Publication date: 15 November 2012

Harnessing our Welsh sunshine

In Wales, we receive on average, 1,390 sunshine hours each year, which could potentially be converted to electricity. If we could capture and convert a small fraction of that, we would need no other source of generation to meet all our energy needs.

The technology to capture this energy is photovoltaics, which harnesses the sun’s rays and converts the energy into electricity which can then be used locally or fed into the national grid.

Publication date: 2 September 2013

Harvesting environmental data with an app

Cambodia has one of the most rapidly developing economies on earth. The country is moving from a rural to an industrial and urban economy at great speed, but its government is also eager to be sustainable and not to lose valuable reserves of natural resources, in its drive to develop.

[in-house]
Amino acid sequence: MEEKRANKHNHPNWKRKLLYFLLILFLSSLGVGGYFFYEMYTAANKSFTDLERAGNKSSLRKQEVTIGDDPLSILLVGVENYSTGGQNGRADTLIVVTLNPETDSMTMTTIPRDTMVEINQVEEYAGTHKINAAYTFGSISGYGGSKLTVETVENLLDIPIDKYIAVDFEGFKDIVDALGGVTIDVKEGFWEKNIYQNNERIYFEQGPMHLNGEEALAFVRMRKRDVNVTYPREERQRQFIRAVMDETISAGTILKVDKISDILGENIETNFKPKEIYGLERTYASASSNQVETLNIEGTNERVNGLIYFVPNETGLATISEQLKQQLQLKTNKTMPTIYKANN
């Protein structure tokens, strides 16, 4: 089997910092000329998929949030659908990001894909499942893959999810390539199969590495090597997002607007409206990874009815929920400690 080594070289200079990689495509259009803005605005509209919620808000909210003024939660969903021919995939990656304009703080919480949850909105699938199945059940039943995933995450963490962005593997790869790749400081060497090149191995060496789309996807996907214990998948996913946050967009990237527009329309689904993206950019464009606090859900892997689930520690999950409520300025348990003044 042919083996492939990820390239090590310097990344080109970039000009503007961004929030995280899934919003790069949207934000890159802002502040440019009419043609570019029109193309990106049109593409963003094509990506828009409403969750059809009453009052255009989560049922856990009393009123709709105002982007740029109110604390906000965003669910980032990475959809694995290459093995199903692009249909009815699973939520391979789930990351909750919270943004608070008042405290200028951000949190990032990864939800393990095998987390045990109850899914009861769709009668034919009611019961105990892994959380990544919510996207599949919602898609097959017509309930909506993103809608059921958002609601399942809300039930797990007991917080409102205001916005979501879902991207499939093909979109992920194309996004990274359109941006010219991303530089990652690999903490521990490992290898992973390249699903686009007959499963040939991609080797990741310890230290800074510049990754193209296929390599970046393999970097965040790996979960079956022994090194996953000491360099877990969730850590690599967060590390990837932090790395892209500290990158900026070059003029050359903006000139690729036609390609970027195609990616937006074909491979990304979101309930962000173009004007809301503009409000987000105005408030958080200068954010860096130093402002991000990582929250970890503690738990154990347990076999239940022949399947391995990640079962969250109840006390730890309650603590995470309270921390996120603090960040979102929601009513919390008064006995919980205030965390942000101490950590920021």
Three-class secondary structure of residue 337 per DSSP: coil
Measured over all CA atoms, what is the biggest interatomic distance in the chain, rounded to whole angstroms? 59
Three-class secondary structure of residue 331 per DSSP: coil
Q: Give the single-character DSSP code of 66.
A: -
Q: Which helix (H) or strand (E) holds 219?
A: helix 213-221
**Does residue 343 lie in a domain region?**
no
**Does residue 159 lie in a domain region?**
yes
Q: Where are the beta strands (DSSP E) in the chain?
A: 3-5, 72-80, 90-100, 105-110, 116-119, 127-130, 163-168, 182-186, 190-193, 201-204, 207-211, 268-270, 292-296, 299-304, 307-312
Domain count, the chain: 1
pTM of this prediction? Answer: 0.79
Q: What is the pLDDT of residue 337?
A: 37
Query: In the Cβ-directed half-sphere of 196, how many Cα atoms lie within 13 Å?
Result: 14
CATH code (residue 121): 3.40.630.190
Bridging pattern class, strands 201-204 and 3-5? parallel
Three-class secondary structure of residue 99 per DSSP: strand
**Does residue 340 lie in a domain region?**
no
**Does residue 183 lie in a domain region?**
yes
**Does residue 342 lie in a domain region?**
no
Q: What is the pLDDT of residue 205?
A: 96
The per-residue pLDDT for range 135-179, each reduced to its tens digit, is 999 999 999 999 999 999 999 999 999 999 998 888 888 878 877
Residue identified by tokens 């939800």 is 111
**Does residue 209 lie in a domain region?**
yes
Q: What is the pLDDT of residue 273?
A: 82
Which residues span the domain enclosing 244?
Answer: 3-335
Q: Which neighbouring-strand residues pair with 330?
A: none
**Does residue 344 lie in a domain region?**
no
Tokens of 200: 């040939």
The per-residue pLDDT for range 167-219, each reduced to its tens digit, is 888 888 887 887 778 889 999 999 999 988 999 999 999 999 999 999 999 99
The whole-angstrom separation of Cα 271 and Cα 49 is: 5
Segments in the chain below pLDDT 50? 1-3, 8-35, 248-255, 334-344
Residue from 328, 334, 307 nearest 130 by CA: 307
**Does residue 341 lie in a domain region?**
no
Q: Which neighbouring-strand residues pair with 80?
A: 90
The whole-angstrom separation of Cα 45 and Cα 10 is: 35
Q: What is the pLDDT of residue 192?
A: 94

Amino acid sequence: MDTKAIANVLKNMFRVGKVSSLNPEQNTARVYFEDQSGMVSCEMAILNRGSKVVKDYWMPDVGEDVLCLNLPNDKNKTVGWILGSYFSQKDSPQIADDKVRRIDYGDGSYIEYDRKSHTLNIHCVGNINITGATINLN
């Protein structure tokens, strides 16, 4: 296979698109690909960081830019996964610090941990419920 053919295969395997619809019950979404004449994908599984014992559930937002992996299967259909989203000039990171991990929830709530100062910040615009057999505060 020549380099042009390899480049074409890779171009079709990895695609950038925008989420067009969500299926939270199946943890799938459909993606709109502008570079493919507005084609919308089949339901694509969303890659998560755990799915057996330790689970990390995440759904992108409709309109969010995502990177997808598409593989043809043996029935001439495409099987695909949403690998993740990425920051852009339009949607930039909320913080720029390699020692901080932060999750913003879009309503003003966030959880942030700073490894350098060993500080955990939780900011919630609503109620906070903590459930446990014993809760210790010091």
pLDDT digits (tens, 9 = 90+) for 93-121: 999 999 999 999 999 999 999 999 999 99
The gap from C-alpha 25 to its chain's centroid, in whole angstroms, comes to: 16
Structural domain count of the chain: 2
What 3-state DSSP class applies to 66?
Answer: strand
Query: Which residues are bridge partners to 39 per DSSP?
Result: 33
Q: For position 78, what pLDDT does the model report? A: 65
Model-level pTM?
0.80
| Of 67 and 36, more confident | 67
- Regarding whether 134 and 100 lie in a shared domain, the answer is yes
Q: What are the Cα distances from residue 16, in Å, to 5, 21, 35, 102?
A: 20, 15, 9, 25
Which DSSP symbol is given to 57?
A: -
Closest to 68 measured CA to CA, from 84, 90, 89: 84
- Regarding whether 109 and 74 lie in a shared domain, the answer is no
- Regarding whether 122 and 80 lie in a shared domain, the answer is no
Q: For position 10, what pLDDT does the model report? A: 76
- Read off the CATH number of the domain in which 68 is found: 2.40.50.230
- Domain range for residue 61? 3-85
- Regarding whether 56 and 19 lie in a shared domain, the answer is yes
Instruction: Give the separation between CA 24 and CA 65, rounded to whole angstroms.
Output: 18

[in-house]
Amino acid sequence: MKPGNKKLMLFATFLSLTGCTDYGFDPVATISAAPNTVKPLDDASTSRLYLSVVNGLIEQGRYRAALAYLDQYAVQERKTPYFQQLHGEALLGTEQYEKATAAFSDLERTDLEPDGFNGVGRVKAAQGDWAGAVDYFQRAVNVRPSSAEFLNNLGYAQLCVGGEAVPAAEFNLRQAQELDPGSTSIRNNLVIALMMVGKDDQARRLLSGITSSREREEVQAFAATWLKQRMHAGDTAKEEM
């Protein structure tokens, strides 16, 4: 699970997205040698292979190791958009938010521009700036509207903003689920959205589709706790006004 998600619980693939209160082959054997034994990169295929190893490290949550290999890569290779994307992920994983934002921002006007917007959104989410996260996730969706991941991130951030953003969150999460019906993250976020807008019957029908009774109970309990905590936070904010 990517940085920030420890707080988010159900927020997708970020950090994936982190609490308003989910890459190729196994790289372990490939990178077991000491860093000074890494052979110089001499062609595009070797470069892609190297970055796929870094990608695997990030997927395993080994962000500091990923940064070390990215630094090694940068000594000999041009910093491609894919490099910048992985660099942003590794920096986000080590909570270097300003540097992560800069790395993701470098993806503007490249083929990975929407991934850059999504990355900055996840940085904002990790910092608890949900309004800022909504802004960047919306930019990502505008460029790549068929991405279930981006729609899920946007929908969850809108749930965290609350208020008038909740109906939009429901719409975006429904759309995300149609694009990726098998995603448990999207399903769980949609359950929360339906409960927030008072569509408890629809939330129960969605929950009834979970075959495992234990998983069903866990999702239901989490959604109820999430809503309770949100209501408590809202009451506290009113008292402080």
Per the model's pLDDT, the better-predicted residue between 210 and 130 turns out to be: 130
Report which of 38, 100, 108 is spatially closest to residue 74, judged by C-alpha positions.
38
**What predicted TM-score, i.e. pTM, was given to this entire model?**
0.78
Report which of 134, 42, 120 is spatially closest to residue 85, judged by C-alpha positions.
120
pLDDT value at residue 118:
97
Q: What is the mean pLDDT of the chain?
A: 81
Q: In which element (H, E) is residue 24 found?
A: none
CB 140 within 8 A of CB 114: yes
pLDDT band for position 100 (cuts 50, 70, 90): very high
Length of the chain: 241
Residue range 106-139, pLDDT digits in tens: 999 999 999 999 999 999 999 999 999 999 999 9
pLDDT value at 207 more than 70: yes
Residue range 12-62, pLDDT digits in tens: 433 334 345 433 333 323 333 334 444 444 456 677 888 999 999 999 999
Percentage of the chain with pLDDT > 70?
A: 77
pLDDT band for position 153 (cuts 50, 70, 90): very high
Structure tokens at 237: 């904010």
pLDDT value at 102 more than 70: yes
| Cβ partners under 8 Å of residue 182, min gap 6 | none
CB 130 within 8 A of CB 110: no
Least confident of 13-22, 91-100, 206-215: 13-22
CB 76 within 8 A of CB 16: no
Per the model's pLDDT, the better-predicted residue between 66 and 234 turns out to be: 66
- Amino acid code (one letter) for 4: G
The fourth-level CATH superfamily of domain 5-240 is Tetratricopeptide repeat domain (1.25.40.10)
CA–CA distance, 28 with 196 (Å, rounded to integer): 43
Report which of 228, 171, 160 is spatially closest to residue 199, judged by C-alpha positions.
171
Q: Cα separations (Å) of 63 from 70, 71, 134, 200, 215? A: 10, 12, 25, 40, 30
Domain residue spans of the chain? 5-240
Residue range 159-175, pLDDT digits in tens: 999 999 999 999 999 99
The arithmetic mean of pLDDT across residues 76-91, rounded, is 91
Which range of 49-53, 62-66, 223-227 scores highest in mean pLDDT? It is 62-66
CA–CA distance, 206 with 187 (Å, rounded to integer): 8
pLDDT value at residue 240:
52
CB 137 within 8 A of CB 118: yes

New research by social and environmental scientists at Bangor University, (Wales, UK); New York University (USA) and a Cambodian NGO, Keosothea Nou (Society for Community Development, Cambodia), one of 13 new projects funded under the ESRC Transformative research call, will provide an overall snapshot of the country’s environmental resources, and how they are used by different individuals. This information will help the government to develop sustainable policies for the energetic country.

Publication date: 23 October 2018

Have Bangor University researchers helped to solve the chocolate crisis?

Chocoholics around the globe have been aware for the last few years that their favourite sweet treat is under threat. Researchers at Bangor University may have come up with an answer that could help find a solution to the chocolate crisis by using wild mango as a new cocoa butter alternative.